(L-R) EU European Commissioner for Values and Transparency Vera Jourova, European Commissioner in charge of Promoting our European Way of Life Margaritis Schinas and European Commissioner for Home Affairs Ylva Johansson during a press conference f03 May 2023. EPA-EFE/OLIVIER MATTHYS


EU is ‘safe haven for corrupt money’


The European Commission should look closer to home with its new anti-corruption legislation, says a prominent Euro MP.

While keen to sanction Member States for alleged acts of fraud, the Commission is less worried about effective fraud-combatting measures that can be applied to the EU institutions, according to Daniel Freund, co-chair of the Parliament’s Intergroup on Anti-Corruption.

Talking to the Brussels Signal, he voiced scepticism about the proposal. “What the EU Commission is presenting today as a major achievement is at best small progress”, Freunds said, adding that the EU must no longer be “a safe haven for corrupt money”. Freund said he was satisfied that oligarchs and criminals who have become billionaires through corruption will soon have to face sanctions, but pointed out that the fight against corruption involves much more than harmonising definitions or entry bans for Russian oligarchs.

Freund wants to see a better-equipped European Public Prosecutor’s Office (EPPO) and lobby rules in the EU institutions being enforced via an independent ethics body. On the Qatargate fraud scandal, he noted that there was nothing in the legislative package that would prevent MEPs from allegedly committing the same crimes. “The best tools for deterrence are asset declarations, good oversight, and strong protection for whistleblowers,” he said, adding that there are currently different cooling-off provisions for Commissioners and MEPs.

Euro MPs are only restricted from accessing the European Parliament for six months after leaving, he said. For commissioners, the two-year cooling off period “is not really enforced”. Former Commissioner Oettinger took up 19 jobs while “cooling off”, seven of which were with organisations on the lobby register, including his own lobby consultancy. “That is why we need an independent ethics body enforcing these rules.”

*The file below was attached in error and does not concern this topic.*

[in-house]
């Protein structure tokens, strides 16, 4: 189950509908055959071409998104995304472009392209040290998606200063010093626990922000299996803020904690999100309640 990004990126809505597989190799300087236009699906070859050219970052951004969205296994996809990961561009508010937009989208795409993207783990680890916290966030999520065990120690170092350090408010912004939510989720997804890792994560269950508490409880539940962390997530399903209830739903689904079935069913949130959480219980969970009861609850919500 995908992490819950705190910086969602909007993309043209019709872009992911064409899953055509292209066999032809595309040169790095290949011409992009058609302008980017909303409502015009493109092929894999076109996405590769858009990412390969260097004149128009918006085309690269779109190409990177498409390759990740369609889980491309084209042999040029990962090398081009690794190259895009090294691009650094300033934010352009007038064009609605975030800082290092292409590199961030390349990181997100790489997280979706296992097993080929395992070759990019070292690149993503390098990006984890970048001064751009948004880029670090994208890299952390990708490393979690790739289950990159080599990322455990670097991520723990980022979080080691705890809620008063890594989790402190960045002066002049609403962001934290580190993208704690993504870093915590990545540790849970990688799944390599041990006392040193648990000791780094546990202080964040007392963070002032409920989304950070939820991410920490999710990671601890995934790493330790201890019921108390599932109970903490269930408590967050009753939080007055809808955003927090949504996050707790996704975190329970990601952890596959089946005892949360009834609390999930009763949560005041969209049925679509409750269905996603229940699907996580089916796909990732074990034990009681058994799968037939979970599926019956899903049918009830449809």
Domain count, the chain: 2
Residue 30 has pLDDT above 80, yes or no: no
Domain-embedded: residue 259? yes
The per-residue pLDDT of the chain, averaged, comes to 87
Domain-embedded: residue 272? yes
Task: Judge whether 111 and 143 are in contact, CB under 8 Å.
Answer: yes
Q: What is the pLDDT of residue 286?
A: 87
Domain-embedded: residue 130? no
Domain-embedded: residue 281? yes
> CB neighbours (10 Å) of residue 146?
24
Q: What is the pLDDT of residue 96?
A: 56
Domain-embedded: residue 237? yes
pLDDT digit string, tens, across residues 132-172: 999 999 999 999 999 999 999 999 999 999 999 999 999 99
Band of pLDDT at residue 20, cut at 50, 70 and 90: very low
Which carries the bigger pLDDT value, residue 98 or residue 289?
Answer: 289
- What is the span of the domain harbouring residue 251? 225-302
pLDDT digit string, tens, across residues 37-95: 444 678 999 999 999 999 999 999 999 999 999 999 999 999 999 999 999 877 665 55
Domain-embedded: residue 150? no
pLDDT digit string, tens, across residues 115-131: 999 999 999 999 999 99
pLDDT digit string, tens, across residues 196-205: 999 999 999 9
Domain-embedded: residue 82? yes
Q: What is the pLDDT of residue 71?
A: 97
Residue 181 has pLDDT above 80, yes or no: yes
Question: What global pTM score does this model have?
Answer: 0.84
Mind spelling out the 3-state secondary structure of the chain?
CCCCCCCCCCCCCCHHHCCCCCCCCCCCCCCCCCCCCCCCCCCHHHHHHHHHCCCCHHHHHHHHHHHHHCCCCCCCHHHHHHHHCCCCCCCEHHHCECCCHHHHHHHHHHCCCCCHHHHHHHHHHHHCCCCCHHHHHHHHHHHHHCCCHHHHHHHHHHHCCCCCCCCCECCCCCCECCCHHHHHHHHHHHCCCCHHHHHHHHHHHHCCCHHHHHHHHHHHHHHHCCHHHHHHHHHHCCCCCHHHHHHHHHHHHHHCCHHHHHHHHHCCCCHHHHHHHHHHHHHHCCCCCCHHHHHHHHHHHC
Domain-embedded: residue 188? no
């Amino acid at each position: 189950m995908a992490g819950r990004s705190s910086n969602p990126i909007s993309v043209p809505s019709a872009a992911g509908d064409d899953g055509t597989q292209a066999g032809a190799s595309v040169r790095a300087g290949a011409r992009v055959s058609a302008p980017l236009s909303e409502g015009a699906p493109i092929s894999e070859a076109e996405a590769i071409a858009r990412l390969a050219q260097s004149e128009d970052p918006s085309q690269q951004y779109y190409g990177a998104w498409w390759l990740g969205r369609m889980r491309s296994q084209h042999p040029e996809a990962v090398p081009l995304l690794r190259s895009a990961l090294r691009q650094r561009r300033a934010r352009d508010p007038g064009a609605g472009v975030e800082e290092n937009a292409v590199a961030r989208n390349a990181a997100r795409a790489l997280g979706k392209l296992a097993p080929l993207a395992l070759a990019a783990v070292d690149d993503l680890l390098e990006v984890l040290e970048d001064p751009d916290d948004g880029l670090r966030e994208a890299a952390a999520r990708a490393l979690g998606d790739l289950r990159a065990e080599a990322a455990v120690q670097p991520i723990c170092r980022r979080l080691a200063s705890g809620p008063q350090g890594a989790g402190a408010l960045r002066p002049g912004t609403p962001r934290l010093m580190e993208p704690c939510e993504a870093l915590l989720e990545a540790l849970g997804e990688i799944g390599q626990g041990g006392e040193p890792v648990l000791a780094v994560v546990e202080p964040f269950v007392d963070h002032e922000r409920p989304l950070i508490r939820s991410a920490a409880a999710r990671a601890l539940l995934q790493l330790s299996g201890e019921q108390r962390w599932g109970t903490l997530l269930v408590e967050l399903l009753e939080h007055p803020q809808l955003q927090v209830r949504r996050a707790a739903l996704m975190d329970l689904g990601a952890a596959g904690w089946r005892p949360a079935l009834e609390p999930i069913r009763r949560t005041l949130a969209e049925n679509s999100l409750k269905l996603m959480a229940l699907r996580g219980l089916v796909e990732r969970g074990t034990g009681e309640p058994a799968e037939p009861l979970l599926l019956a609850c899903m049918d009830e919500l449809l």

Another issue is that Olaf, the European Anti-Fraud Organisation, cannot request the lifting of an MEP’s immunity.  “That should be fixed.” However, Freund pointed out that “Olaf does not make an independent ethics body obsolete. Olaf is for everything concerning EU funds. The ethics body is for the code of conduct.”

Freund also wants the rule of law mechanism to be used more, and not only against Hungary. “It should be used in all cases where the criteria in the regulation are fulfilled. If there are problems with the independence of the judiciary, if cooperation with EPPO does not work, if corruption is rampant, the Commission should use it. The most obvious other case is Poland. But the Commission itself points to other Member States with issues in its rule of law report”.

The European Commission launched its anti-corruption proposals on May 3. The Commission claims the package represents a milestone in the fight against corruption. There is a heavy emphasis on harmonisation, transparency, and targeting corruption worldwide.

The EU Commission is also working on so-called ‘Magnitsky sanctions’ which would make sanctions against individuals outside the EU possible in cases of corruption.